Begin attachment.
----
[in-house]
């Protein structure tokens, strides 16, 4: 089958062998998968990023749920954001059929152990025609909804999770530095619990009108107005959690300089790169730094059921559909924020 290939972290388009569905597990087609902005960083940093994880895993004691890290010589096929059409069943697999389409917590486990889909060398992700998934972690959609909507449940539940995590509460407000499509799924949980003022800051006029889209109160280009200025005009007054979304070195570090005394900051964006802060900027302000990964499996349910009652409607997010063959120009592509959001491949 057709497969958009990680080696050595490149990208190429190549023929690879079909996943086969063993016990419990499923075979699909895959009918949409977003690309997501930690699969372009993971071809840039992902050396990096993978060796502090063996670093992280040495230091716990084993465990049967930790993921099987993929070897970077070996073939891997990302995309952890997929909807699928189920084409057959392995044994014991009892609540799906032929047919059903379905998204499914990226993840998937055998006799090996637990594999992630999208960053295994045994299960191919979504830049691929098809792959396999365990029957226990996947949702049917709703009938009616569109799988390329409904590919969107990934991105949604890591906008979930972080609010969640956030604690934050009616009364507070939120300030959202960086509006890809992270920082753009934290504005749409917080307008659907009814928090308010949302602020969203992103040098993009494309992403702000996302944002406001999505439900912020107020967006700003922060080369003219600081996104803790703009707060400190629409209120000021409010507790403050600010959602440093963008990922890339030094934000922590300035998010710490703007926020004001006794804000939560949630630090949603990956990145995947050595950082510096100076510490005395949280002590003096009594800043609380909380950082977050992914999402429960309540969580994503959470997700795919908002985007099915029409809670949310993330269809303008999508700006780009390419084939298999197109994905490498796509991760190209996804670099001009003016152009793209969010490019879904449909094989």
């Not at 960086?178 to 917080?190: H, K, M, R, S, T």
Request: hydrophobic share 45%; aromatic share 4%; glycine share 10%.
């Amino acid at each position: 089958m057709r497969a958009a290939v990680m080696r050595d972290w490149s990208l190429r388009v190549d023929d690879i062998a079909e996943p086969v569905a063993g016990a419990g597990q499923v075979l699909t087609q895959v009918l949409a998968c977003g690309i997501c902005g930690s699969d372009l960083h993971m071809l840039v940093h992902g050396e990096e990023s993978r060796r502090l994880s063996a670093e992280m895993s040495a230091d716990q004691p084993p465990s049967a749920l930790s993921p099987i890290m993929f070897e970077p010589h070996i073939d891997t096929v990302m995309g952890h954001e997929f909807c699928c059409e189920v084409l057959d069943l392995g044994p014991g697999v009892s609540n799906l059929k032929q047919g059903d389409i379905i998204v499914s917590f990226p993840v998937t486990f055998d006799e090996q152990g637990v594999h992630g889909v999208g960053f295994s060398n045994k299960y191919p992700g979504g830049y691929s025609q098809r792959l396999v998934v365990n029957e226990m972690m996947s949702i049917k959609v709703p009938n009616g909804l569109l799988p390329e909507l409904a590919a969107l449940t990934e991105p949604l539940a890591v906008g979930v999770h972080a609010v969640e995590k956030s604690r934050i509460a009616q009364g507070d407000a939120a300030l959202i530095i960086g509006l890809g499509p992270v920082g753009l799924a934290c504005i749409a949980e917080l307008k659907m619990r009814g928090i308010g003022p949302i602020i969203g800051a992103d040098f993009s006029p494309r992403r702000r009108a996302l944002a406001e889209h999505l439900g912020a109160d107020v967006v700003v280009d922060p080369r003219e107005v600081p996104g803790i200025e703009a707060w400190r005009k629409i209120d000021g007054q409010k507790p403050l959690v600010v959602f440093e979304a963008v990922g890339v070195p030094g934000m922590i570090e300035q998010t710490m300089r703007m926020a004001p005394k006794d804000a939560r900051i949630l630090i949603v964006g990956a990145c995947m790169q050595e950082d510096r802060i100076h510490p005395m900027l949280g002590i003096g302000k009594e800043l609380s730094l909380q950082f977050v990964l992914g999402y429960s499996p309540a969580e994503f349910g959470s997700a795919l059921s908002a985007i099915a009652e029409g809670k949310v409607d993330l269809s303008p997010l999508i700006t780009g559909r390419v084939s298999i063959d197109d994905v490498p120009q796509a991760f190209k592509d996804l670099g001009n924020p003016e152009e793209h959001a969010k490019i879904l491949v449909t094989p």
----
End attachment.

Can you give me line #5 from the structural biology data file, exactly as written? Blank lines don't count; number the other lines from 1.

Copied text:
């Amino acid at each position: 089958m057709r497969a958009a290939v990680m080696r050595d972290w490149s990208l190429r388009v190549d023929d690879i062998a079909e996943p086969v569905a063993g016990a419990g597990q499923v075979l699909t087609q895959v009918l949409a998968c977003g690309i997501c902005g930690s699969d372009l960083h993971m071809l840039v940093h992902g050396e990096e990023s993978r060796r502090l994880s063996a670093e992280m895993s040495a230091d716990q004691p084993p465990s049967a749920l930790s993921p099987i890290m993929f070897e970077p010589h070996i073939d891997t096929v990302m995309g952890h954001e997929f909807c699928c059409e189920v084409l057959d069943l392995g044994p014991g697999v009892s609540n799906l059929k032929q047919g059903d389409i379905i998204v499914s917590f990226p993840v998937t486990f055998d006799e090996q152990g637990v594999h992630g889909v999208g960053f295994s060398n045994k299960y191919p992700g979504g830049y691929s025609q098809r792959l396999v998934v365990n029957e226990m972690m996947s949702i049917k959609v709703p009938n009616g909804l569109l799988p390329e909507l409904a590919a969107l449940t990934e991105p949604l539940a890591v906008g979930v999770h972080a609010v969640e995590k956030s604690r934050i509460a009616q009364g507070d407000a939120a300030l959202i530095i960086g509006l890809g499509p992270v920082g753009l799924a934290c504005i749409a949980e917080l307008k659907m619990r009814g928090i308010g003022p949302i602020i969203g800051a992103d040098f993009s006029p494309r992403r702000r009108a996302l944002a406001e889209h999505l439900g912020a109160d107020v967006v700003v280009d922060p080369r003219e107005v600081p996104g803790i200025e703009a707060w400190r005009k629409i209120d000021g007054q409010k507790p403050l959690v600010v959602f440093e979304a963008v990922g890339v070195p030094g934000m922590i570090e300035q998010t710490m300089r703007m926020a004001p005394k006794d804000a939560r900051i949630l630090i949603v964006g990956a990145c995947m790169q050595e950082d510096r802060i100076h510490p005395m900027l949280g002590i003096g302000k009594e800043l609380s730094l909380q950082f977050v990964l992914g999402y429960s499996p309540a969580e994503f349910g959470s997700a795919l059921s908002a985007i099915a009652e029409g809670k949310v409607d993330l269809s303008p997010l999508i700006t780009g559909r390419v084939s298999i063959d197109d994905v490498p120009q796509a991760f190209k592509d996804l670099g001009n924020p003016e152009e793209h959001a969010k490019i879904l491949v449909t094989p």